interest in the policy. Customer may also refer to a consumer, which includes all actual and potential customers for insurance
1 International Association of Insurance Supervisors. Insurance Core Principles, ICP 18 and ICP 19, updated
November 2019.
2 The Insurer is responsible for fair treatment of Customers throughout the life cycle of the insurance product, as it is the Insurer
that is the ultimate risk carrier. The Insurer’s ultimate responsibility does not absolve Intermediaries of their own responsibilities
for which they are accountable.
3 This definition aligns with the CCIR/CISRO FTC guidance. These Principles apply to all Intermediaries that are authorized to do
business within any jurisdiction, whether licensed, registered or exempted from licensing or registration.
Canadian Insurance Services Regulatory Organizations (CISRO)
Principles of Conduct for Insurance Intermediaries
1. Compliance / Outcomes: Intermediaries must comply with all applicable laws, regulations, rules and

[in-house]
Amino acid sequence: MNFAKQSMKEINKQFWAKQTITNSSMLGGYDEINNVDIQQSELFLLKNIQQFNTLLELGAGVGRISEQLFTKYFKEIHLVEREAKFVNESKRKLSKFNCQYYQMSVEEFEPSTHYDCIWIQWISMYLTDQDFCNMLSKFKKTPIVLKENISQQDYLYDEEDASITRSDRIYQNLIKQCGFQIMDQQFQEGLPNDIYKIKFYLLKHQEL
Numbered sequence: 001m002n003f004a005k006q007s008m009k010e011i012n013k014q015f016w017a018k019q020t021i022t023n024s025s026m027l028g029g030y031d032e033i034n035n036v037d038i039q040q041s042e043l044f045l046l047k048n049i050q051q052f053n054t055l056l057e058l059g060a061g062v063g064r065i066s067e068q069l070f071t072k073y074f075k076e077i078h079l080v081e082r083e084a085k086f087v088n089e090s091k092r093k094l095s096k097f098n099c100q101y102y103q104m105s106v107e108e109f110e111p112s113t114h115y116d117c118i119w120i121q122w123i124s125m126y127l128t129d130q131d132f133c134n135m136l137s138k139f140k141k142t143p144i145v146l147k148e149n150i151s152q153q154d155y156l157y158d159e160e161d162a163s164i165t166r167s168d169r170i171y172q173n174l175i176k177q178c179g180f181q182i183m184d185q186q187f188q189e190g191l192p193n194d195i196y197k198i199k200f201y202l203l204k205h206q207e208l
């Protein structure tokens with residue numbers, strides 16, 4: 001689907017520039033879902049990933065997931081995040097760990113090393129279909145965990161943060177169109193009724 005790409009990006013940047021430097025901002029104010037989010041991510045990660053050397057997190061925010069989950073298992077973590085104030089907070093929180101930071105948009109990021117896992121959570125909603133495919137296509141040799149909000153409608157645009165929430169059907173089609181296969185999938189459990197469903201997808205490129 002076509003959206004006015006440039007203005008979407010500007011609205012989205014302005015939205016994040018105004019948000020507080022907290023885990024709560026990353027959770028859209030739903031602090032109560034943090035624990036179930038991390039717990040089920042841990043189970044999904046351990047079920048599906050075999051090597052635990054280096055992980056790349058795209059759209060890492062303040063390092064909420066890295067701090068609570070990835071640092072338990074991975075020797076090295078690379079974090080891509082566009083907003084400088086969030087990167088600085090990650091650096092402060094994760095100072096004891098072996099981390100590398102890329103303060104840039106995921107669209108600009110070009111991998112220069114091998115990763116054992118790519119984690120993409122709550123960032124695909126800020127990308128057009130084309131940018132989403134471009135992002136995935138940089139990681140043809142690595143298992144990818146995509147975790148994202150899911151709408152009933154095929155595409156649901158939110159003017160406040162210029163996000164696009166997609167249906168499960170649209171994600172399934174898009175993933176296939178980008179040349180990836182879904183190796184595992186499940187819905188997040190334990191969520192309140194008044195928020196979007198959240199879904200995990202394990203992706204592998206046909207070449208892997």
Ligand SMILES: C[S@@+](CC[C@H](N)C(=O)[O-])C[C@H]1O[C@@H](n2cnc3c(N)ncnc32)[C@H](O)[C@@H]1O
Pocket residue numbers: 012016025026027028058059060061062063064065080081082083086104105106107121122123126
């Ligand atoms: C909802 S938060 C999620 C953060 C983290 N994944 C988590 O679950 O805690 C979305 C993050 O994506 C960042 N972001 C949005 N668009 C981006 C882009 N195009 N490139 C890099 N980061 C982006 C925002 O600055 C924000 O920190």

regulatory codes to which they are subject.
2. Customers’ Interests: Intermediaries are expected to place Customers’ interests ahead of their own. This
includes when an Intermediary is developing, marketing, recommending, distributing and servicing products.
3. Conflicts of Interest: Intermediaries are expected to identify, disclose and manage any actual or potential
conflict of interest that is associated with a transaction or recommendation. They are expected to avoid entering
into or pursuing agreements for which conflicts of interest cannot be managed, or if they interfere with the fair
treatment of Customers.
4. Advice: When providing advice to or for a Customer, Intermediaries are expected to seek appropriate
information from the Customer in order to understand and identify their unique needs. Intermediaries are
expected to provide objective, accurate and thorough advice that enables the Customer to make an informed
decision. Advice is expected to be suitable for the needs of the Customer based on the Customer’s disclosed
5. Disclosure: Intermediaries are expected to provide Customers with objective, appropriate, relevant, timely and
accurate information and explanations so that they can make informed decisions. Intermediaries are expected to:
• Properly disclose the information to all necessary parties, including the insurer; and